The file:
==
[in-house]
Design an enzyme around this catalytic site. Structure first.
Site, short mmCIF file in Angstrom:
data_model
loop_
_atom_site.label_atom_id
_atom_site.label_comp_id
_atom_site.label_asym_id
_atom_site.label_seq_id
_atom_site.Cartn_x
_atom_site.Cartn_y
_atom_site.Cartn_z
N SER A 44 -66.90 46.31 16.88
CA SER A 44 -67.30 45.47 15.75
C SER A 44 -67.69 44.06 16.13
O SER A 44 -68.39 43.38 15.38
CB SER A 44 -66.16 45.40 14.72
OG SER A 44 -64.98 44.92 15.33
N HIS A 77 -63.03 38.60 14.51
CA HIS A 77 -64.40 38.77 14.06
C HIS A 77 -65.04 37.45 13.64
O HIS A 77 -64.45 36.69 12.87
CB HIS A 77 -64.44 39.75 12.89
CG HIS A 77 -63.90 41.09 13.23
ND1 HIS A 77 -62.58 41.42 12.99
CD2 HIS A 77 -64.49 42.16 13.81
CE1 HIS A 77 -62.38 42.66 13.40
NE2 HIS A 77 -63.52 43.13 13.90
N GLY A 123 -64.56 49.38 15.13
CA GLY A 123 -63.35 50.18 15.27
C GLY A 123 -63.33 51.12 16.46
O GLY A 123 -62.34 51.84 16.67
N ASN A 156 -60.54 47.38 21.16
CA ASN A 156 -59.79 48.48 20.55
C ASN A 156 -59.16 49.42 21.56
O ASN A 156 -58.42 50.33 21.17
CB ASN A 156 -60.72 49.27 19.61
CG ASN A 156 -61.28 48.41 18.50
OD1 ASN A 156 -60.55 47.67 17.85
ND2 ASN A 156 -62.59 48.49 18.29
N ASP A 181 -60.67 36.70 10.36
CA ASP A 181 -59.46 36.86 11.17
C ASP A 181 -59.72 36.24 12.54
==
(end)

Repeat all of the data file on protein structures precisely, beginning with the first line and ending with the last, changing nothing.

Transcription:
[in-house]
Design an enzyme around this catalytic site. Structure first.
Site, short mmCIF file in Angstrom:
data_model
loop_
_atom_site.label_atom_id
_atom_site.label_comp_id
_atom_site.label_asym_id
_atom_site.label_seq_id
_atom_site.Cartn_x
_atom_site.Cartn_y
_atom_site.Cartn_z
N SER A 44 -66.90 46.31 16.88
CA SER A 44 -67.30 45.47 15.75
C SER A 44 -67.69 44.06 16.13
O SER A 44 -68.39 43.38 15.38
CB SER A 44 -66.16 45.40 14.72
OG SER A 44 -64.98 44.92 15.33
N HIS A 77 -63.03 38.60 14.51
CA HIS A 77 -64.40 38.77 14.06
C HIS A 77 -65.04 37.45 13.64
O HIS A 77 -64.45 36.69 12.87
CB HIS A 77 -64.44 39.75 12.89
CG HIS A 77 -63.90 41.09 13.23
ND1 HIS A 77 -62.58 41.42 12.99
CD2 HIS A 77 -64.49 42.16 13.81
CE1 HIS A 77 -62.38 42.66 13.40
NE2 HIS A 77 -63.52 43.13 13.90
N GLY A 123 -64.56 49.38 15.13
CA GLY A 123 -63.35 50.18 15.27
C GLY A 123 -63.33 51.12 16.46
O GLY A 123 -62.34 51.84 16.67
N ASN A 156 -60.54 47.38 21.16
CA ASN A 156 -59.79 48.48 20.55
C ASN A 156 -59.16 49.42 21.56
O ASN A 156 -58.42 50.33 21.17
CB ASN A 156 -60.72 49.27 19.61
CG ASN A 156 -61.28 48.41 18.50
OD1 ASN A 156 -60.55 47.67 17.85
ND2 ASN A 156 -62.59 48.49 18.29
N ASP A 181 -60.67 36.70 10.36
CA ASP A 181 -59.46 36.86 11.17
C ASP A 181 -59.72 36.24 12.54